“I do some work with Invest NI and they are catching on to the cluster effect, and are trying to promote that but it’s not working for them. There is a very siloed way of thinking – ‘hold on to what we have’ and not share and in Ireland we understand the reciprocal nature of sharing. If I need to call on the favour, then I can. That makes us attractive to multinationals,” he says.
The level of local and national support and opportunity for both emerging and expanding life sciences companies, combined with the ability for industry and academia to collaborate seamlessly, makes Ireland one of the most attractive places in the world for life sciences companies to be based, Tim Cotter, associate director of business consulting at Grant Thornton says.
“This combined with large ICT companies based in Ireland also creates a lot of potential for the future,” he adds.
Pool of talent
The industry is embedded in the economy and although the current tax environment presents a significant advantage to organisations, other reasons persuade companies to remain or come to Ireland, he says, including the pool of talent and skills available.
“Life sciences companies are also bound by an extensive amount of regulatory policies and procedures and international life sciences authorities and European and national agencies value the Irish compliance highly in terms of regulatory compliance,” Cotter says.
Ireland also has the opportunity to become a centre for international dispute resolution post-Brexit, particularly for pharma and medtech matters.
“Litigation and commercial court cases in this sector that would previously have been undertaken in the UK may now seek an EU base. As the principal common law jurisdiction left in the EU post-Brexit, Ireland is well-placed to benefit from this and clients in this sector are considering their jurisdiction clauses,” Joanelle O’Cleirigh, partner, Arthur Cox says.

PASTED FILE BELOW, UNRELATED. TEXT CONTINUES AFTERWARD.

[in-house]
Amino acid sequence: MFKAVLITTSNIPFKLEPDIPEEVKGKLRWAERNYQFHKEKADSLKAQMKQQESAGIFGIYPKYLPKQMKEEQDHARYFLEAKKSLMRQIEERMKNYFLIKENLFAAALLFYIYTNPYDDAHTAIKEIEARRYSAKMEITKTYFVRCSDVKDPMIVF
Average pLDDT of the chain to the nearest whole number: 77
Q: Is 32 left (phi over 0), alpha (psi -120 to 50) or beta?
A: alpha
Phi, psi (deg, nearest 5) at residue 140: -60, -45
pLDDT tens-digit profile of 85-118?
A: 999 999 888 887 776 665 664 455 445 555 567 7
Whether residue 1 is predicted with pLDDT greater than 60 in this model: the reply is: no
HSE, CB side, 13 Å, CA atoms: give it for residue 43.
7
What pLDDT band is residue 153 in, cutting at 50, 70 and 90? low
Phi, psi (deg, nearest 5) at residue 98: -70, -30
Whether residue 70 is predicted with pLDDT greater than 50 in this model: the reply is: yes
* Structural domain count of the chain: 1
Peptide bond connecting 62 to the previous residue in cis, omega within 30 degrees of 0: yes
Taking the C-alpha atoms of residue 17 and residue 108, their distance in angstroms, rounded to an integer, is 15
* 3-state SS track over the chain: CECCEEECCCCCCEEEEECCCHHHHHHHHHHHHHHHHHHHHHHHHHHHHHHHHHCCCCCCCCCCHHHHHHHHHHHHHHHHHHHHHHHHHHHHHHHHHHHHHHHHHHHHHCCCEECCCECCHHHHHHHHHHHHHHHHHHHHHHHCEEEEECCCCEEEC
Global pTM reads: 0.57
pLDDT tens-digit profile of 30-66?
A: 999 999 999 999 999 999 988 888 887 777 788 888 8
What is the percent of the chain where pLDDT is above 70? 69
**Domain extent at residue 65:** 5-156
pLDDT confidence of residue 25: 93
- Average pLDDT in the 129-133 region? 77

“Even with all the many aspects that make Ireland particularly attractive post-Brexit, the Government and IDA needs to work even harder to continue to ensure Ireland’s attractiveness for FDI projects, as the UK will have flexibility to compete for FDI more aggressively,” Colin Kavanagh warns.
Three multinationals speak favourably of Ireland as a base for their life science companies.
“Choosing Ireland as a location included many considerations, but an important one is a talented workforce with an experience in medical technology.” – Joe Nuzzolese, corporate VP, global supply chain, at Edward Lifesciences.
“BD’s decision to open our global research centre here in Limerick is based on the region’s highly skilled talent, our strong relationship with local universities, and Limerick’s stellar reputation as an important life sciences hub.” – Dennis Gilbert, senior VP for R&D at BD.
“With the extension of the Waterford site, we are not only building on that legacy, but also investing for our future. The enhancements to the site will enable us to meet increasing global customer demand for the Bausch & Lomb Biotrue ONEday contact lens brand, which was developed by our R&D team here in Waterford.” – Joseph C Papa, chairman and chief executive of the instruments division at Valeant Pharmaceuticals.